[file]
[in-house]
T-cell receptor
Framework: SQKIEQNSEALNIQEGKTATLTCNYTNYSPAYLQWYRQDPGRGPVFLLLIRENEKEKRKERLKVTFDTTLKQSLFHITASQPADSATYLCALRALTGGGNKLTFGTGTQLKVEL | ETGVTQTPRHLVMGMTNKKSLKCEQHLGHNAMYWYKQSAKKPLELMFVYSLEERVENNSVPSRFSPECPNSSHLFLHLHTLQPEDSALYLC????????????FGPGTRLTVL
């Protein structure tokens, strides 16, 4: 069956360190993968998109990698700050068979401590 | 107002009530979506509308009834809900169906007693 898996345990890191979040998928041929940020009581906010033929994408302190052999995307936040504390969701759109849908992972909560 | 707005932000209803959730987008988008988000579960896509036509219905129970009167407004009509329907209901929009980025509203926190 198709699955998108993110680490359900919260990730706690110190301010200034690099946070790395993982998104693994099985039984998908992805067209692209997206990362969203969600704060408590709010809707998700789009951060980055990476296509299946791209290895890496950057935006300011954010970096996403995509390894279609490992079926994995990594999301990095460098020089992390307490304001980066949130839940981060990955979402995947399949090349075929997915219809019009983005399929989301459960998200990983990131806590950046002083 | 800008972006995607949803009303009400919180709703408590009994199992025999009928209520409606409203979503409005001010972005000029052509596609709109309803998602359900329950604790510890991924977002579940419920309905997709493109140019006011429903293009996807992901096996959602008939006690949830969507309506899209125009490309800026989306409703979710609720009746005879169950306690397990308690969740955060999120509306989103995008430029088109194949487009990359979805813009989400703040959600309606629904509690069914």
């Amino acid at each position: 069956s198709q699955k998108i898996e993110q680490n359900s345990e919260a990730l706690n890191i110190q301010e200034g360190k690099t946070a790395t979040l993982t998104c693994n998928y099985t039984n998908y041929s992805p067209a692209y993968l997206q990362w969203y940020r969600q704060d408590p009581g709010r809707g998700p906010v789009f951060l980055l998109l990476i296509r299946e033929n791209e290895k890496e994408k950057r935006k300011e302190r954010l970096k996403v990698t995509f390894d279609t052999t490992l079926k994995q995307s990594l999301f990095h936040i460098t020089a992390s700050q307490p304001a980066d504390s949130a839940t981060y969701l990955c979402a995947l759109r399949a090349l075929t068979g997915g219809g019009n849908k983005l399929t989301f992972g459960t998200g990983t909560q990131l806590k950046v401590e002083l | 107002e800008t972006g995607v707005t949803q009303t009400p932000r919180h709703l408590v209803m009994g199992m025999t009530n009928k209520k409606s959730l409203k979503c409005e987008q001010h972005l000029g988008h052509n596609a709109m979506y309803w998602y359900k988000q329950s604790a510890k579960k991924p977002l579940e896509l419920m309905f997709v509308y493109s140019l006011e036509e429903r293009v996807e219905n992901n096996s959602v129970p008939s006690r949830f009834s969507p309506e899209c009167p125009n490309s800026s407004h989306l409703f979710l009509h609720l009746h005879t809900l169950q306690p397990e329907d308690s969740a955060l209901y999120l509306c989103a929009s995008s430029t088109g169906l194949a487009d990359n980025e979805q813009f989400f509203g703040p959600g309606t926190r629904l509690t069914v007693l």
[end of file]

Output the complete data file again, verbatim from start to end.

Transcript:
[in-house]
T-cell receptor
Framework: SQKIEQNSEALNIQEGKTATLTCNYTNYSPAYLQWYRQDPGRGPVFLLLIRENEKEKRKERLKVTFDTTLKQSLFHITASQPADSATYLCALRALTGGGNKLTFGTGTQLKVEL | ETGVTQTPRHLVMGMTNKKSLKCEQHLGHNAMYWYKQSAKKPLELMFVYSLEERVENNSVPSRFSPECPNSSHLFLHLHTLQPEDSALYLC????????????FGPGTRLTVL
């Protein structure tokens, strides 16, 4: 069956360190993968998109990698700050068979401590 | 107002009530979506509308009834809900169906007693 898996345990890191979040998928041929940020009581906010033929994408302190052999995307936040504390969701759109849908992972909560 | 707005932000209803959730987008988008988000579960896509036509219905129970009167407004009509329907209901929009980025509203926190 198709699955998108993110680490359900919260990730706690110190301010200034690099946070790395993982998104693994099985039984998908992805067209692209997206990362969203969600704060408590709010809707998700789009951060980055990476296509299946791209290895890496950057935006300011954010970096996403995509390894279609490992079926994995990594999301990095460098020089992390307490304001980066949130839940981060990955979402995947399949090349075929997915219809019009983005399929989301459960998200990983990131806590950046002083 | 800008972006995607949803009303009400919180709703408590009994199992025999009928209520409606409203979503409005001010972005000029052509596609709109309803998602359900329950604790510890991924977002579940419920309905997709493109140019006011429903293009996807992901096996959602008939006690949830969507309506899209125009490309800026989306409703979710609720009746005879169950306690397990308690969740955060999120509306989103995008430029088109194949487009990359979805813009989400703040959600309606629904509690069914």
């Amino acid at each position: 069956s198709q699955k998108i898996e993110q680490n359900s345990e919260a990730l706690n890191i110190q301010e200034g360190k690099t946070a790395t979040l993982t998104c693994n998928y099985t039984n998908y041929s992805p067209a692209y993968l997206q990362w969203y940020r969600q704060d408590p009581g709010r809707g998700p906010v789009f951060l980055l998109l990476i296509r299946e033929n791209e290895k890496e994408k950057r935006k300011e302190r954010l970096k996403v990698t995509f390894d279609t052999t490992l079926k994995q995307s990594l999301f990095h936040i460098t020089a992390s700050q307490p304001a980066d504390s949130a839940t981060y969701l990955c979402a995947l759109r399949a090349l075929t068979g997915g219809g019009n849908k983005l399929t989301f992972g459960t998200g990983t909560q990131l806590k950046v401590e002083l | 107002e800008t972006g995607v707005t949803q009303t009400p932000r919180h709703l408590v209803m009994g199992m025999t009530n009928k209520k409606s959730l409203k979503c409005e987008q001010h972005l000029g988008h052509n596609a709109m979506y309803w998602y359900k988000q329950s604790a510890k579960k991924p977002l579940e896509l419920m309905f997709v509308y493109s140019l006011e036509e429903r293009v996807e219905n992901n096996s959602v129970p008939s006690r949830f009834s969507p309506e899209c009167p125009n490309s800026s407004h989306l409703f979710l009509h609720l009746h005879t809900l169950q306690p397990e329907d308690s969740a955060l209901y999120l509306c989103a929009s995008s430029t088109g169906l194949a487009d990359n980025e979805q813009f989400f509203g703040p959600g309606t926190r629904l509690t069914v007693l």